ALBANY, N.Y. (AP/NEWS10 ABC) - The state Legislature's top Democrat is calling for special elections to fill 11 open seats.
Two scandal-ensnared members of the state Assembly left this week, bringing the number of empty seats in that house to nine. Another two state senators left for other jobs.
State Assembly Speaker Sheldon Silver on Friday called for special elections as soon as possible, saying more than 1 million New York residents lack representation.
Under state law, the governor can call special elections to fill the vacancies, but he reiterated Friday on the radio show "Capitol Pressroom" that he's not sold on the idea.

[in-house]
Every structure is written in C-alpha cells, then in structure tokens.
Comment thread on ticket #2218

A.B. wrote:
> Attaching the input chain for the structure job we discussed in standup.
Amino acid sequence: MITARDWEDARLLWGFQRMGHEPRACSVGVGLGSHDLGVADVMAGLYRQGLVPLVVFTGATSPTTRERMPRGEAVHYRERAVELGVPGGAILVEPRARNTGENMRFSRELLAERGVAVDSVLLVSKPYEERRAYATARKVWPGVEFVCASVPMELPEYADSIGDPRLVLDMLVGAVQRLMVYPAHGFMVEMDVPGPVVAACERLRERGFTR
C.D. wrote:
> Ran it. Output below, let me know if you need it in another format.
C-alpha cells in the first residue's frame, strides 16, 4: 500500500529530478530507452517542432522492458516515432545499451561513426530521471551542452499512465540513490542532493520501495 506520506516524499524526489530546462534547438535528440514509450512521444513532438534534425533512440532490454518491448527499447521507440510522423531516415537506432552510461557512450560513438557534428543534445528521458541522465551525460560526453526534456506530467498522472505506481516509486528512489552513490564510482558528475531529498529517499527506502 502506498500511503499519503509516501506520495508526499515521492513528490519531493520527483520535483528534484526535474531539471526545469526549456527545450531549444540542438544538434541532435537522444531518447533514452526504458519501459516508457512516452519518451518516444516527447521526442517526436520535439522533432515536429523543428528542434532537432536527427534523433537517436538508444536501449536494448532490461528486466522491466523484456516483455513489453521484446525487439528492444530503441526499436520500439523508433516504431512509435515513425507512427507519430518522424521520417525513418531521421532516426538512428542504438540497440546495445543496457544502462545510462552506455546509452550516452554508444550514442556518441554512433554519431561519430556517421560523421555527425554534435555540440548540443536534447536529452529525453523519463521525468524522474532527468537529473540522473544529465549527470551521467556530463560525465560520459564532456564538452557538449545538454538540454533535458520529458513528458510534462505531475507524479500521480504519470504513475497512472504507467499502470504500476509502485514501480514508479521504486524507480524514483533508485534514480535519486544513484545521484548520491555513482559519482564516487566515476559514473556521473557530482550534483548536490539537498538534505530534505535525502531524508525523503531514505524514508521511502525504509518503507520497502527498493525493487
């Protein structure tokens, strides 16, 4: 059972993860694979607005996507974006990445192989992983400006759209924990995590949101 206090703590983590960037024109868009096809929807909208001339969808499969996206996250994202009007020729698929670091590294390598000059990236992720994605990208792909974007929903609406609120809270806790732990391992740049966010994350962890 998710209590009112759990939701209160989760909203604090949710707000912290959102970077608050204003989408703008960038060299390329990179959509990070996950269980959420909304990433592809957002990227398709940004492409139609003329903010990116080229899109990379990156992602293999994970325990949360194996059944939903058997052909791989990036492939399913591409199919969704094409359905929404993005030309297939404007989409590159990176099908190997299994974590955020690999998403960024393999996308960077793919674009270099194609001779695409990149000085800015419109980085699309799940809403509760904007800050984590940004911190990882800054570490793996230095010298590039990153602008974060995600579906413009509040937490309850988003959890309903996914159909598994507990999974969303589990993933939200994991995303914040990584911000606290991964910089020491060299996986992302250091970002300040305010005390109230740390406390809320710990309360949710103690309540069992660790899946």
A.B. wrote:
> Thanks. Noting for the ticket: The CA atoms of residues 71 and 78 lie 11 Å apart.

Officials say holding a special election to fill the vacancies could cost as much as $50 million. But watchdog groups point out, not doing so means that more than one million New Yorkers aren't represented in one of the chambers.
Roger Schiera is the republican elections commissioner in Saratoga County says waiting makes it harder for them. The federal primary is in June, the state primary in September, and to further complicate matters, their budget didn't account for a special election. Still, Schiera says he supports doing it.
One of those vacant seats impacts the Capital Region area directly. The 113th Assembly seat was vacated by Tony Jordan, who is now the Washington County District Attorney. This means parts of Washington and Saratoga County don't have representation in that chamber.
The Associated Press contributed to this report.